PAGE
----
• Tragedy struck a Nebraska high school in 1993 when a student was accidentally killed during a stage performance. 20 years later, the school is resurrecting the play to honor the anniversary of the incident. The night before the play is set to open, some kids break into the auditorium to sabotage the set and find themselves trapped inside where they encounter strange, sinister goings-on.
  • Found-footage horror film features suitably spooky atmosphere. The old, dark school is a pretty scary setting. 
  • Poor acting, unrealistic music cues, and essentially zero cinematography kill it though. Most of it is just shaky cam shots of darkness. 
Exeter (2015)
  • Teens get more than they bargained for after throwing a party inside an abandoned mental hospital
  • Director Marcus Nispel's first original feature. He's been in charge of several remakes in the past - Friday the 13th, Texas Chainsaw Massacre and Conan the Barbarian are his biggest credits.
  • This one isn't amazing, but it's worth your time. It's like what Night of the Demons wants to be when it grows up. Humor and violence are in the vein of Sam Raimi's The Evil Dead.
Sinister 2 (2015)
  • Sequel to 2012's Sinister follows a single mother and her two sons who become Bughuul's next targets
  • Well-acted and features some great scares, but it's sorely missing Scott Derrickson's eye for atmosphere behind the camera
The Visit (2015)
  • M. Night Shyamalan returns to his horror roots with this quasi-found footage chiller about two kids who spend a week with grandparents that they've never met.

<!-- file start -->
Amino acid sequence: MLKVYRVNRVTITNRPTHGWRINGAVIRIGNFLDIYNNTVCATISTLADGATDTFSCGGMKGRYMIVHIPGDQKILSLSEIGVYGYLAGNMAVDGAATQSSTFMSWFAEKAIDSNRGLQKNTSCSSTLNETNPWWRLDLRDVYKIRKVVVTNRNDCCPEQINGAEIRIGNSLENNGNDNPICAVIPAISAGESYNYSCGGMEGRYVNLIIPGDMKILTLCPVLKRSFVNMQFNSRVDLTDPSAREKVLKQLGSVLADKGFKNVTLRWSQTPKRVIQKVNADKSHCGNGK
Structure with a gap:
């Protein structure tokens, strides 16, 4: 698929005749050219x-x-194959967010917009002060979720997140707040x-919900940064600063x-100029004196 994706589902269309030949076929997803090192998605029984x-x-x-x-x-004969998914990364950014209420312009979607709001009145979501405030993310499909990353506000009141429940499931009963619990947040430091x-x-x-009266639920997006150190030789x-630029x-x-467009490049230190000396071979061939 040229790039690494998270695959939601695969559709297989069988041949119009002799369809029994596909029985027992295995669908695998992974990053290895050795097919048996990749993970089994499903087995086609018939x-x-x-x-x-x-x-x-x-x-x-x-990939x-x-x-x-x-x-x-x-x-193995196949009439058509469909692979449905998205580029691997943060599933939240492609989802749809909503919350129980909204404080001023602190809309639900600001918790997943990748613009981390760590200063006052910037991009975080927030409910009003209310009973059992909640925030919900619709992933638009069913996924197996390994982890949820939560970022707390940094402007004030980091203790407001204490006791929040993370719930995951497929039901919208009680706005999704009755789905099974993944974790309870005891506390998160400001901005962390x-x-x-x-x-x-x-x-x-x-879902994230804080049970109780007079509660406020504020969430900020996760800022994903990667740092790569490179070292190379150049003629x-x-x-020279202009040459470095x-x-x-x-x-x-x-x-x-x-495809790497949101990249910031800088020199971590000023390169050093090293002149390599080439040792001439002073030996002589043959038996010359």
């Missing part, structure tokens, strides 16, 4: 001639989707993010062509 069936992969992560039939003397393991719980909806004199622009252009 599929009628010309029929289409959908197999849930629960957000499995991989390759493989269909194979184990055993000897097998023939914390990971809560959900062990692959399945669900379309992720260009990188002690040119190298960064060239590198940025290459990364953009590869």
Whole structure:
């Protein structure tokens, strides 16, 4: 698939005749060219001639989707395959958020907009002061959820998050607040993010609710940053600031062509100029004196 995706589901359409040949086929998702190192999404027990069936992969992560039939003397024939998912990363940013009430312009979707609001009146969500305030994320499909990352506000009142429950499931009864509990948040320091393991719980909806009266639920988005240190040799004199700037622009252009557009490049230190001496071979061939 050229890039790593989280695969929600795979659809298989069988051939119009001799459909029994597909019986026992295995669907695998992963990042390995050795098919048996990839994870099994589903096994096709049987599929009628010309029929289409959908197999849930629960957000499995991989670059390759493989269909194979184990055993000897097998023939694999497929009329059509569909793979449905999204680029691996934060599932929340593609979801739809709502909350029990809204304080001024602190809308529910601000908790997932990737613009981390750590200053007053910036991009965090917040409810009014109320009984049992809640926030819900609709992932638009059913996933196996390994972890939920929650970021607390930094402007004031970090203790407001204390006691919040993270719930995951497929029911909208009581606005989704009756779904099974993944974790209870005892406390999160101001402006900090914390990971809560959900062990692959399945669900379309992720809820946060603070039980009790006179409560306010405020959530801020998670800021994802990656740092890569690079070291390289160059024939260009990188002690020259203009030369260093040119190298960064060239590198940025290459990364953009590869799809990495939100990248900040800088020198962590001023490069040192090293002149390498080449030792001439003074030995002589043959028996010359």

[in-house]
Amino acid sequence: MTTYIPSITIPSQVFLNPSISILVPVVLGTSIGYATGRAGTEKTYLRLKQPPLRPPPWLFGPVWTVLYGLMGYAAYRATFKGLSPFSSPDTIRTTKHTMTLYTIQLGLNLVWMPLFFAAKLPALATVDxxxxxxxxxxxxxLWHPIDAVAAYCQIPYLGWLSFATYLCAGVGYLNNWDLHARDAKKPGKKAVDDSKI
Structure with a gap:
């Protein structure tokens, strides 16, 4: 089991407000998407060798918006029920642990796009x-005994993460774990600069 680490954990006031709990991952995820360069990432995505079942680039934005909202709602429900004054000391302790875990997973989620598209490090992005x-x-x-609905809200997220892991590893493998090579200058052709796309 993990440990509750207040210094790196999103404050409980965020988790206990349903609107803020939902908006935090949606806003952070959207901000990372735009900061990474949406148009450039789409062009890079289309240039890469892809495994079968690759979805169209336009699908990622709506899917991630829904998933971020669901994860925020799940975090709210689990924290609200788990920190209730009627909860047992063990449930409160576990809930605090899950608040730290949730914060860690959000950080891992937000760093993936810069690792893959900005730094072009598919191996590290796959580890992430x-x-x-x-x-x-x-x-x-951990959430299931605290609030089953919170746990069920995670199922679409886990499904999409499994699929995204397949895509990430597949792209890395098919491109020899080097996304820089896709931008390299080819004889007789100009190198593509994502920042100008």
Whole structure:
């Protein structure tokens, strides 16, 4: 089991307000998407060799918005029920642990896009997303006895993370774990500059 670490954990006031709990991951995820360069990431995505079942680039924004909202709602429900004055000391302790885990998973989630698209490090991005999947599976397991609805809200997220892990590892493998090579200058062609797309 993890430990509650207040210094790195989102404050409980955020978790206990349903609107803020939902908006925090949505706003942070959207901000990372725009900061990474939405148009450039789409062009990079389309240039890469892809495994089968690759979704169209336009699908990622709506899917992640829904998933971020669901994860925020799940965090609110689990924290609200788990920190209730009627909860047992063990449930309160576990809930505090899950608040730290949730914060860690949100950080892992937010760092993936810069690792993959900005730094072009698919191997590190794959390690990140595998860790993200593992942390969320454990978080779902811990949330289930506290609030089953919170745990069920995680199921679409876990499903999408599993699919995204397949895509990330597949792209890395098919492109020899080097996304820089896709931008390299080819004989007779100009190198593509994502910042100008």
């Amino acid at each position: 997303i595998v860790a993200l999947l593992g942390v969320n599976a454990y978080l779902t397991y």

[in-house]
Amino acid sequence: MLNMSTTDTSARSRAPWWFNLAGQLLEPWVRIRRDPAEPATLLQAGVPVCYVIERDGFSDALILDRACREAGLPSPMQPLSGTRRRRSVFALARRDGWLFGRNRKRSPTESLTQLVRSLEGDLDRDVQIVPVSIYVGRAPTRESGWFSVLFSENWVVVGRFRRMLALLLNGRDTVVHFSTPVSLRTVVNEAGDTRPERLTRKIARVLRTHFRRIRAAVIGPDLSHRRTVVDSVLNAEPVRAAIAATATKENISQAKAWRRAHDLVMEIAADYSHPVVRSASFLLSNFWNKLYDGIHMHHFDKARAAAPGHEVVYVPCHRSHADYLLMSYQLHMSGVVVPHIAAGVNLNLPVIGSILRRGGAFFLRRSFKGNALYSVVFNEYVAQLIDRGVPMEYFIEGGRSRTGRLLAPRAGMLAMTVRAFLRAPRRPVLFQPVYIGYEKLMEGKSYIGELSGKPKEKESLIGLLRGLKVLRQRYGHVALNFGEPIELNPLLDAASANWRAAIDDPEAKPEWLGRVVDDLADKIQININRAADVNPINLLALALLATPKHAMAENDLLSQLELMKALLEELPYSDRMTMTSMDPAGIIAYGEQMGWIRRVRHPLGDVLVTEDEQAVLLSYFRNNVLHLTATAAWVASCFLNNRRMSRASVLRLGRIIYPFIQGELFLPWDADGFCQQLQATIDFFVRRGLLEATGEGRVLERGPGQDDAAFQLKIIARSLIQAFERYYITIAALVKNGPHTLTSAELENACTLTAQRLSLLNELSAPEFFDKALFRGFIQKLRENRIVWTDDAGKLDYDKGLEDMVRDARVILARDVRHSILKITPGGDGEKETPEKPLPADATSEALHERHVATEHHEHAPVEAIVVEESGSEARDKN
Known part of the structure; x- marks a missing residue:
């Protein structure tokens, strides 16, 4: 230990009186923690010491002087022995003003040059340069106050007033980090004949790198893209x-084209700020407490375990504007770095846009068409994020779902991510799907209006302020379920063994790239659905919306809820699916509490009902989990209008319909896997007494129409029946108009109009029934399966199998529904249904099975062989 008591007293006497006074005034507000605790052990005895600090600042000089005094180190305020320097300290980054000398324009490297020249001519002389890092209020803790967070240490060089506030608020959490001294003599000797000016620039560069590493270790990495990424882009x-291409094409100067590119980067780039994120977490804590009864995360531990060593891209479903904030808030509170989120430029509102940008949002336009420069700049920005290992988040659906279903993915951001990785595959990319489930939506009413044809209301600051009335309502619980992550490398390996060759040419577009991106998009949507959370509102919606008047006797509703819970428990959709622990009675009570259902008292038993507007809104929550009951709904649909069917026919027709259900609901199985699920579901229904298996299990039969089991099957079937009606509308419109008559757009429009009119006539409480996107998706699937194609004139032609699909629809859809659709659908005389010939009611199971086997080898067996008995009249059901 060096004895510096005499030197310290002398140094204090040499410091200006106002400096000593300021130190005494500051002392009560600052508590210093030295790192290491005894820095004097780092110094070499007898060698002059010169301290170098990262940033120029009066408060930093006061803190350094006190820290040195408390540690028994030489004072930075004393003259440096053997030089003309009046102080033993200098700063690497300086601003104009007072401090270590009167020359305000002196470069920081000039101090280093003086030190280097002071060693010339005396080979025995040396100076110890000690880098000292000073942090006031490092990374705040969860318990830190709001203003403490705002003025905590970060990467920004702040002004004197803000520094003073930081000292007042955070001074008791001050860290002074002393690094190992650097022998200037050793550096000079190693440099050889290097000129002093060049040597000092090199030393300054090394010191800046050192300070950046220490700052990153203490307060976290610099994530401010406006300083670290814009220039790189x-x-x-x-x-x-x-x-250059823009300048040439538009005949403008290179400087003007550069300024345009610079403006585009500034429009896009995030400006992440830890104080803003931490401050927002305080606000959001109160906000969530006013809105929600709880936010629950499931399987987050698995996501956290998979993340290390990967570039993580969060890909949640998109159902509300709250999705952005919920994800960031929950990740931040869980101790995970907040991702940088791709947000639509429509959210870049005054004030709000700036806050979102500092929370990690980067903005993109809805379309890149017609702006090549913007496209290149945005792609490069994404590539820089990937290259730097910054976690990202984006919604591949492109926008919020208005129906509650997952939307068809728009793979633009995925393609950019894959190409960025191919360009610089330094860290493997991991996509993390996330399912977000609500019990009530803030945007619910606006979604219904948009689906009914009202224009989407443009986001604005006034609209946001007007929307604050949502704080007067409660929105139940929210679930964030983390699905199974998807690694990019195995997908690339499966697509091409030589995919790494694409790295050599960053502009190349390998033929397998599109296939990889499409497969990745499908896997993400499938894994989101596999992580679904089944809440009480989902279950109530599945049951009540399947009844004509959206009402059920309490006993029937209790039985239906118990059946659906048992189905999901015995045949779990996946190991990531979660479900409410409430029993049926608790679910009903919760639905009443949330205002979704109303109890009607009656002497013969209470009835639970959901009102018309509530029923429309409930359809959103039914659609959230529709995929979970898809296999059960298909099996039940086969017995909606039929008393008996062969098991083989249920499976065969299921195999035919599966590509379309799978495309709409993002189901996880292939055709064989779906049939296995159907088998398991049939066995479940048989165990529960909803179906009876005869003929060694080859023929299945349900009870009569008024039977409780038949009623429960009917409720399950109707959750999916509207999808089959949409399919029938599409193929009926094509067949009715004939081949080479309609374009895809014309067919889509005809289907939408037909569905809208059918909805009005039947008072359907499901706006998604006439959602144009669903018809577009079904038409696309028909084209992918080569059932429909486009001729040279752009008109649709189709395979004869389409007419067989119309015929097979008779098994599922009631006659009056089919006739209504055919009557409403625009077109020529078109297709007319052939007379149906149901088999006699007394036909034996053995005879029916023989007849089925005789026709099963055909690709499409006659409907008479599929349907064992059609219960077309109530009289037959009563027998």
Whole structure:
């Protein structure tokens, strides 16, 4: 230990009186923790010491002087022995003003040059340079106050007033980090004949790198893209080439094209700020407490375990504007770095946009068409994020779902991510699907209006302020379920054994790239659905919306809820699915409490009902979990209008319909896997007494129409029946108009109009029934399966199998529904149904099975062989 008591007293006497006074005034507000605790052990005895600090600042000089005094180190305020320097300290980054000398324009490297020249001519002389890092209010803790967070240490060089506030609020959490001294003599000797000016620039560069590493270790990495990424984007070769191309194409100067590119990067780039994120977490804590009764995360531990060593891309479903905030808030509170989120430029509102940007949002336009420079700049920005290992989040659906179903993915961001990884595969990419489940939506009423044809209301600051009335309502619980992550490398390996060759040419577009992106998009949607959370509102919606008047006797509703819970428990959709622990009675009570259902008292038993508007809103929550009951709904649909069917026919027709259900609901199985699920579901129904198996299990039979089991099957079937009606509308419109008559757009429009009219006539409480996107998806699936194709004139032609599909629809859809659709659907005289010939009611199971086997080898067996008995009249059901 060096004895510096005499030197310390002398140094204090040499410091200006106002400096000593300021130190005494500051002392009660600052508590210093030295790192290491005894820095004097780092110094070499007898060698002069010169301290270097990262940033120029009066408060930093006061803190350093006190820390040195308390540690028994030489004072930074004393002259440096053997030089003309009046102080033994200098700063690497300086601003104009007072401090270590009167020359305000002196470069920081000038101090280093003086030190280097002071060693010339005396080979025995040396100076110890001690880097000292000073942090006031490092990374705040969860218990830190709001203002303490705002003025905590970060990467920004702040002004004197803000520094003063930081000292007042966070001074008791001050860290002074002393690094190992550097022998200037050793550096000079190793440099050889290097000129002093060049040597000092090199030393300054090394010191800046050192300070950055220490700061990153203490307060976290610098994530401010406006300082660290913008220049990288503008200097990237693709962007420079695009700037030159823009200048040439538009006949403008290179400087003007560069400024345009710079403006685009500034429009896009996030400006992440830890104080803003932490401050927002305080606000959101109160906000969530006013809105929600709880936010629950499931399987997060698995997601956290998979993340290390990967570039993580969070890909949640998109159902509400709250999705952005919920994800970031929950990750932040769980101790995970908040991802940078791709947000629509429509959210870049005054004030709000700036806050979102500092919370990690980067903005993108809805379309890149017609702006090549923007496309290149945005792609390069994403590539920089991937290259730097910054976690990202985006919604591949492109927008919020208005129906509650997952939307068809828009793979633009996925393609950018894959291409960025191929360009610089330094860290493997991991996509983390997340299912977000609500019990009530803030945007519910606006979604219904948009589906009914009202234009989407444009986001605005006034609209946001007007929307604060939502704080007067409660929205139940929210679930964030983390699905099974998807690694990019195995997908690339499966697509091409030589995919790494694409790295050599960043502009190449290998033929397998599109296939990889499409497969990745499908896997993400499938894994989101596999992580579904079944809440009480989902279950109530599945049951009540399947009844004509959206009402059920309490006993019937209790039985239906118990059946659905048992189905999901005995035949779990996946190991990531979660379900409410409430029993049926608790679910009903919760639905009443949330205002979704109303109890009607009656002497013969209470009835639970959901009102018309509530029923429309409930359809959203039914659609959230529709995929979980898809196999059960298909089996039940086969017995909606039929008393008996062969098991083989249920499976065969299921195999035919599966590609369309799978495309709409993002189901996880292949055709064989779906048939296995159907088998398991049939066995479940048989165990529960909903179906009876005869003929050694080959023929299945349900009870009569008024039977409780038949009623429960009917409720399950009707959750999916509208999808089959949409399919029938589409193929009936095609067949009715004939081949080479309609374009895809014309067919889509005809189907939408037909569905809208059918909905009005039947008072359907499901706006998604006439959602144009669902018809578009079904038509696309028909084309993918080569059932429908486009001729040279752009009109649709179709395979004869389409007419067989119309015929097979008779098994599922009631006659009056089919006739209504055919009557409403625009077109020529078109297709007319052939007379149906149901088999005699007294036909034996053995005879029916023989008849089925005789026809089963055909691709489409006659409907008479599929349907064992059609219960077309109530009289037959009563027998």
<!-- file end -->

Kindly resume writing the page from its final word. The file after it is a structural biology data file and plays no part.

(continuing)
• None of the scares are cheap, and the kids are actually well-written. If you're looking for a good scary movie to watch in theaters this season, check out The Visit while you can.
Cooties (2015)
  • Fun horror comedy about a middle school's descent into carnage and madness after a student eats a diseased chicken nugget in the cafeteria. It's on the teachers to keep the zombie children in place. 
  • Wonderful cast including Elijah Wood, Rainn Wilson, Allison Pill, Nasim Pedrad, and Jack McBrayer
The Green Inferno (2015)
  • A group of student activists travels to the Amazonian jungle in order to protest deforestation, but they soon fall prey to a tribe of cannibalistic natives
  • Eli Roth's controversial film is a love letter to the cannibal exploitation films of yore, namely Ruggero Deodato's Cannibal Holocaust and Umberto Lenzi's Cannibal Ferox
    • Roth completed the film sometime in 2012/2013 but coldn't find distribution until Blumhouse finally bought the rights for a September 2015 theatrical release
Knock Knock (2015)